Colombian singer/songwriter Juanes is organizing a concert in Cuba as part of his Paz Sin Fronteras (Peace Without Borders) concert tour. He has repeatedly said he is performing for the Cuban people, not the government, bringing a message of hope, love, and peace. Yet, he has also said that he will not speak out about Cuba’s poor human rights record, nor meet with members of Cuba’s opposition movement, in order to keep the event from becoming “political.”
While the Free Cuba Foundation (FCF) recognizes that Juanes has the right to invite whomever he pleases to sing with him, having both Amaury Perez and Silvio Rodriguez sends a mixed message. Both are staunch supporters of the Cuban Communist government and signed a petition justifying the regime’s imprisonment of 75 nonviolent dissidents and the execution of three young Afro-Cubans who tried to flee to the United States back in the spring of 2003. Although no one denies their artistic talent, poet Ezra Pound and singer Paul Robeson had their reputation tainted for endorsing Hitler and Stalin respectively. Whatever the quality of their art, it is immoral for artists to support injustice.
FCF is not concerned that this concert will grant legitimacy to Cuba’s totalitarian regime, because no unelected dictatorship could ever gain it from a pop concert.
FCF calls for respect for freedom of expression everywhere, and denounces any violence that stifles that freedom. Censorship imposed through violence and intimidation is routine in places such as Cuba. However, it should never be tolerated here in Miami, where many of the victims of this regime reside. That is why we are denouncing the threats made against Juanes. We respect nonviolent protests, but the destruction of Juanes CDs, conjure up images of book burnings in communist and fascist dictatorships. These acts send a false message not only to the rest of the world, but more importantly to Cubans on the island. These acts serve to feed the Cuban government’s propaganda machinery which aims to smear the exile community with the aim of generating divisions between ordinary Cubans living here and on the island.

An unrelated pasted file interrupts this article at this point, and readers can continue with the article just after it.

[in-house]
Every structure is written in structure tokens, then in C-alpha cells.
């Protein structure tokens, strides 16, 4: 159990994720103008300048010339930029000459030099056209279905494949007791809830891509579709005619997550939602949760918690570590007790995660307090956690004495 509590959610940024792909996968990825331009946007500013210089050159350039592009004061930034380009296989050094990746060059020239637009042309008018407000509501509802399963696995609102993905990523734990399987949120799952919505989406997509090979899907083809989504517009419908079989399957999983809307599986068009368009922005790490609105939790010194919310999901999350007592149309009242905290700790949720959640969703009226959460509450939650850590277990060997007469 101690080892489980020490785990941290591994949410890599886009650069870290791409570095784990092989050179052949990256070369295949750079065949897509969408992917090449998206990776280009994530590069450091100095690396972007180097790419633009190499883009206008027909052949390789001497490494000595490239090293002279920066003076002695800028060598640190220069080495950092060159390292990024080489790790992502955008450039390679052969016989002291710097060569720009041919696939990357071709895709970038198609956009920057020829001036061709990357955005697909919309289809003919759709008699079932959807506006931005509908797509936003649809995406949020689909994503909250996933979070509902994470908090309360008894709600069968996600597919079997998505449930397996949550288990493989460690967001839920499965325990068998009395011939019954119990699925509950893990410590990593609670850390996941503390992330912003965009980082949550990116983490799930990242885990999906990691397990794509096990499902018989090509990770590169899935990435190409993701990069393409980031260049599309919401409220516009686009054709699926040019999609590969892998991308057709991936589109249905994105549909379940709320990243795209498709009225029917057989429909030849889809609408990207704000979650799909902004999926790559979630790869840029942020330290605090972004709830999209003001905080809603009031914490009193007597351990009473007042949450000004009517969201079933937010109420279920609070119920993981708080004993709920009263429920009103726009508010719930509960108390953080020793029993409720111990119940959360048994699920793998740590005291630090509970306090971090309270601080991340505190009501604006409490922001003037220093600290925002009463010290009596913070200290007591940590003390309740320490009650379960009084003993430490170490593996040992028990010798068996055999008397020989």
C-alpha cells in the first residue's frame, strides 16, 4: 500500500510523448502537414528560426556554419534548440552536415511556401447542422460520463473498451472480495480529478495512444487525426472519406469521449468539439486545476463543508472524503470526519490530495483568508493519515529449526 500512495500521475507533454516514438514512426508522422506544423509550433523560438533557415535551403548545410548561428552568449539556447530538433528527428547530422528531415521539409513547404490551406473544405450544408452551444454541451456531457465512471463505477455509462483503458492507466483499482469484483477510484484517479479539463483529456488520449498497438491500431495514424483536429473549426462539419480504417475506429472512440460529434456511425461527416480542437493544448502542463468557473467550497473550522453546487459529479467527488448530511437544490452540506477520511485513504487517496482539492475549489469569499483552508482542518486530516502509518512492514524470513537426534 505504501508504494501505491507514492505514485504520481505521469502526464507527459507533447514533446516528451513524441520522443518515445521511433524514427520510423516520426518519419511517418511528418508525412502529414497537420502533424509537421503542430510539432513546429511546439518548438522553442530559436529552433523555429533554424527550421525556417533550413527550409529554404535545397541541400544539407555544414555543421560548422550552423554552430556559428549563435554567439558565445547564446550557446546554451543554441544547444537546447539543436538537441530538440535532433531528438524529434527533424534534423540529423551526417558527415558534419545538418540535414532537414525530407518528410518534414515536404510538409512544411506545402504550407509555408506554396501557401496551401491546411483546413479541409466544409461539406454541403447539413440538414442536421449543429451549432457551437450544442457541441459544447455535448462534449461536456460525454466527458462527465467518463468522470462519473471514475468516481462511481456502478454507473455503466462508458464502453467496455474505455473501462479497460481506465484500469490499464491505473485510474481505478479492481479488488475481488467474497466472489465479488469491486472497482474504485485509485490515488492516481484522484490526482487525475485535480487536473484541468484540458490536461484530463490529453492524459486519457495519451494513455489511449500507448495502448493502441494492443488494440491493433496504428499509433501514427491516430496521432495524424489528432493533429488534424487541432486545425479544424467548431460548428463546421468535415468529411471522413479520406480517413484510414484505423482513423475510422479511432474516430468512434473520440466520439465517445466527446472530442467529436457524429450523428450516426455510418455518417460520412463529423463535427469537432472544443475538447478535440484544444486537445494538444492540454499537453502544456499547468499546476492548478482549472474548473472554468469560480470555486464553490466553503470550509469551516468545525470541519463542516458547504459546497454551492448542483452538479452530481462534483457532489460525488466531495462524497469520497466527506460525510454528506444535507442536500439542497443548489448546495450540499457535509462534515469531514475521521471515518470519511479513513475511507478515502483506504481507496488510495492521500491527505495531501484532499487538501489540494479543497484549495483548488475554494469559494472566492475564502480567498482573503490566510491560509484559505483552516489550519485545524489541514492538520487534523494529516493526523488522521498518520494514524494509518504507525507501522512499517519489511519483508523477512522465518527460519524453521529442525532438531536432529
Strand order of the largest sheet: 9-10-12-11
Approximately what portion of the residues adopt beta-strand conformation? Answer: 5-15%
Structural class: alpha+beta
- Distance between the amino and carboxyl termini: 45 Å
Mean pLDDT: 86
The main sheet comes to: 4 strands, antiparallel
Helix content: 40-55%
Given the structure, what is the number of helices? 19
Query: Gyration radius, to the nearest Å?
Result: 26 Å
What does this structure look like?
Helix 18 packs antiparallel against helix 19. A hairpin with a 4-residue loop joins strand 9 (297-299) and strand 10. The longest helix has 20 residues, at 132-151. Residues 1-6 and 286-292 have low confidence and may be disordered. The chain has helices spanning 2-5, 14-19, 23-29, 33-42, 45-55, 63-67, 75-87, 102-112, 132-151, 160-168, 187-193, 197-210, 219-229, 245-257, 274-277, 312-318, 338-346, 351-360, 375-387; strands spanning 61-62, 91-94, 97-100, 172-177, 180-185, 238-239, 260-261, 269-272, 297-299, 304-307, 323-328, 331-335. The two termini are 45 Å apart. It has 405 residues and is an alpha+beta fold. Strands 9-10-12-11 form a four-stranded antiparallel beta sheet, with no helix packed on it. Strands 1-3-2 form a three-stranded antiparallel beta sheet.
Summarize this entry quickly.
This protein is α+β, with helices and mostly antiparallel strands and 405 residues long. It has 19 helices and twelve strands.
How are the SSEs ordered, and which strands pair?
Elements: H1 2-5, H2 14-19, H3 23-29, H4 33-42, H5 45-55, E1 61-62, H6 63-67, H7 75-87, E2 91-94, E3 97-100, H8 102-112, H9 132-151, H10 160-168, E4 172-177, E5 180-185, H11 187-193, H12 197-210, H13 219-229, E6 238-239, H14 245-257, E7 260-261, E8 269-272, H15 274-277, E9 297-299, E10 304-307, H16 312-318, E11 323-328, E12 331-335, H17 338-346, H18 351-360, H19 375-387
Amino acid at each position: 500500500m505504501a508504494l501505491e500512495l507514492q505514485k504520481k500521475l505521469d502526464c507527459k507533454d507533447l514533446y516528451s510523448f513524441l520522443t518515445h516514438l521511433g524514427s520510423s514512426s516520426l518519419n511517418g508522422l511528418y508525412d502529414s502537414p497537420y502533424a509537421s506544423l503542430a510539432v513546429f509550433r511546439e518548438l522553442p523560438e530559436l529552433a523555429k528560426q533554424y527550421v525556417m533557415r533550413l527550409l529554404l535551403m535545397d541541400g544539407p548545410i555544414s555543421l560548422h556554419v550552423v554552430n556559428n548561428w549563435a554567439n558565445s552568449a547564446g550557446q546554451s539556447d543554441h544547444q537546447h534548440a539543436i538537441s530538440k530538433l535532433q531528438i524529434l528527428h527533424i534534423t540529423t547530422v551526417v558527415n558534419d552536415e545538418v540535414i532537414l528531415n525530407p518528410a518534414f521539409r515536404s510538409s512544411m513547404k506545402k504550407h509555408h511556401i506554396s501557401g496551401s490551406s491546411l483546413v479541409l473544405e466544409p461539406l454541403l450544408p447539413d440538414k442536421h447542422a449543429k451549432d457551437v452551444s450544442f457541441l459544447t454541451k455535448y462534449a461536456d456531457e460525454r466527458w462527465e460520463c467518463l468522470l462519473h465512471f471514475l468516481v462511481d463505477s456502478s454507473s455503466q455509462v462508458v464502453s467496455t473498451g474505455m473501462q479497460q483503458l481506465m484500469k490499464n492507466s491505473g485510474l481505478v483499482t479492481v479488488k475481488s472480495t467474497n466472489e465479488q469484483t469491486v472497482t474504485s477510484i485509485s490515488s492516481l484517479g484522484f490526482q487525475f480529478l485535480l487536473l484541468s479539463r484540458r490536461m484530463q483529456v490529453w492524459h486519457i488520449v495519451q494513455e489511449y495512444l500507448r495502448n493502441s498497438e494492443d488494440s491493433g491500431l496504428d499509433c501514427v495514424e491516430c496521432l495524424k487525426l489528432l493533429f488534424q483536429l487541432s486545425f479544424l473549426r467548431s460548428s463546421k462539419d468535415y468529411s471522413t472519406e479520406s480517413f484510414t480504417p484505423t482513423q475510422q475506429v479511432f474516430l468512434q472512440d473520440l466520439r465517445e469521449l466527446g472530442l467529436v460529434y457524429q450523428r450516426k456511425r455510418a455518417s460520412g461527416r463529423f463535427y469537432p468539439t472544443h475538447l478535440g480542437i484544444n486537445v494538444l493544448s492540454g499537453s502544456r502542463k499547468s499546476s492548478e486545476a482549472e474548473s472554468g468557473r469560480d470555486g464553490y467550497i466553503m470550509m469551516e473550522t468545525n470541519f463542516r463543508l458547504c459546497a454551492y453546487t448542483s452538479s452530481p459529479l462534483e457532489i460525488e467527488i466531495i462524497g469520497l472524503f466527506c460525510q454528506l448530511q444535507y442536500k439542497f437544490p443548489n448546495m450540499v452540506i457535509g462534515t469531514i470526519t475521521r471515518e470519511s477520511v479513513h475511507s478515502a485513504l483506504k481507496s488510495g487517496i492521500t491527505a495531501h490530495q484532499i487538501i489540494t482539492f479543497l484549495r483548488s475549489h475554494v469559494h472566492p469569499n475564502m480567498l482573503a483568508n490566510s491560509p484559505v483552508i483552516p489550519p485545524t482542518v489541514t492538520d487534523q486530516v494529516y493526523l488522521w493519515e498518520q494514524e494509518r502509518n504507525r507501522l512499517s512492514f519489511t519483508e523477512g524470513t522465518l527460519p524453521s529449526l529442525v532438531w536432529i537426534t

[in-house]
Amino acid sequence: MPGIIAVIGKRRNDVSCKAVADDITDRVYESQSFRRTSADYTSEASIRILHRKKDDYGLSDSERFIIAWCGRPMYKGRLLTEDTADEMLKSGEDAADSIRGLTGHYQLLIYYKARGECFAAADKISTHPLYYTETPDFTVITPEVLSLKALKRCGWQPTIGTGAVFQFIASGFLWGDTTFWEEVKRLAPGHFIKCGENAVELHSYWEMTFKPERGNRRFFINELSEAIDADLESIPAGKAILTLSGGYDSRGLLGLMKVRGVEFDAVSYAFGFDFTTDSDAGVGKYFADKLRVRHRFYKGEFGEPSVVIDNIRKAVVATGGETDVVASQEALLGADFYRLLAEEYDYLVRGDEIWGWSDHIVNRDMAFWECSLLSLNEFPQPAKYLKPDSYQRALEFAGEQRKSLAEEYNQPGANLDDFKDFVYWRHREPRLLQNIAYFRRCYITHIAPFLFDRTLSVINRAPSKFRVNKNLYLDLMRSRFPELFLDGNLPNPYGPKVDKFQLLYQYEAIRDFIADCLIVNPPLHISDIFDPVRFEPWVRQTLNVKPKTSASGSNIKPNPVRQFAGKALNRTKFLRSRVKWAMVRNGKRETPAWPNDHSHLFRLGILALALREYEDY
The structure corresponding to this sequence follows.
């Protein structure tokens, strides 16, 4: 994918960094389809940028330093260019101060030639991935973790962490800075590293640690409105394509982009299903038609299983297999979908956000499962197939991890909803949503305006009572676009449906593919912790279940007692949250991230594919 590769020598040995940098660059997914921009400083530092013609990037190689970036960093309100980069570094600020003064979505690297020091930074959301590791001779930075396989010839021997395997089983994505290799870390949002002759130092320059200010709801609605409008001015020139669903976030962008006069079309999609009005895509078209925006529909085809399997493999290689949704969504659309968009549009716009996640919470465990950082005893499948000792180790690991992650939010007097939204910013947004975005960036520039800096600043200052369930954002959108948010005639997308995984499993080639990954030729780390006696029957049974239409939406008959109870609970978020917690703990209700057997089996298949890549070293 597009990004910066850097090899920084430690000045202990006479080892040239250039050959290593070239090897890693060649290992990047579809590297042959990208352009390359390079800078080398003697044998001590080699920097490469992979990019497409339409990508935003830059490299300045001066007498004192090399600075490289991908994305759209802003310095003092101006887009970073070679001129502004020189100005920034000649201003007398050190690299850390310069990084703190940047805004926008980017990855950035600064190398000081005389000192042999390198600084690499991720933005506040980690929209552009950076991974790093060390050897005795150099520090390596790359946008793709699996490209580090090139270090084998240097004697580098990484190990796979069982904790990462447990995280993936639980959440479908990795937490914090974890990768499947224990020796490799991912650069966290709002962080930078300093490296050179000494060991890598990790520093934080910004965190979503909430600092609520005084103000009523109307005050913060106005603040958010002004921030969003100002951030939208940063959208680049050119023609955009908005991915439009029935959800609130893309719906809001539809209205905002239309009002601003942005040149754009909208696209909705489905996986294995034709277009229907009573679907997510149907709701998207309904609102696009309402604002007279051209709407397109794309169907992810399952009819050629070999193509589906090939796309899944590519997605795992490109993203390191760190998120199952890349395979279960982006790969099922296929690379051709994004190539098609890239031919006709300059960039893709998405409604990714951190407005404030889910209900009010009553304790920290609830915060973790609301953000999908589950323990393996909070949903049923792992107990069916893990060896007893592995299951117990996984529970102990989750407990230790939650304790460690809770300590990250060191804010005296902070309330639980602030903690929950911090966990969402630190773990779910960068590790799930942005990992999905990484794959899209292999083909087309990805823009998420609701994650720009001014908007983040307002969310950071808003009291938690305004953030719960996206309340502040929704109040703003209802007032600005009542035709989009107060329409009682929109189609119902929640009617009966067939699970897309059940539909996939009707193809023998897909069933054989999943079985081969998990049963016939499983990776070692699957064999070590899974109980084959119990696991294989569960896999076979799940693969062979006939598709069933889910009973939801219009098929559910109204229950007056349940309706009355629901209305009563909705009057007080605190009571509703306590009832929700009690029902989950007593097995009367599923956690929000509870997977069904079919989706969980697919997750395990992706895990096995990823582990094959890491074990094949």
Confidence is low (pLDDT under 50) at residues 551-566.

Our organization believes that all individuals, including Cubans, have the right to take part in the arts and in cultural events, as enshrined in Article 27 of the Universal Declaration of Human Rights.
If one is serious about peace then one should speak out against injustice and the absence of freedom. In Cuba, musicians who are independent or critical of the regime are censored, and there are many prisoners of conscience behind bars for exercising their human rights. These are not political issues. These are human rights issues and issues of human dignity. A concert like this could help foster freedom of expression in the arts the same way the late Pope John Paul II made gains in the area of freedom of religion, as he celebrated Mass before thousands of Cubans, and called upon them to not be afraid and to “do all that you can to build a future of ever greater dignity and freedom.”
Therefore FCF’s Message to Juanes is:
If you want to bring a message of peace, reconciliation, and impacting change to Cuba, then including artists that oppose the dictatorship is a logical necessity, and speaking up for human rights and the immediate release of all prisoners of conscience is essential. Only then will this concert truly live up to its name of “Peace Without Borders”, otherwise it risks being remembered as the “Censored Within Boundaries” concert. This is the concern raised by many Cuban artists both on the island and in exile, who insist the concert live up to its name.
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Denounce Death Threats Against Juanes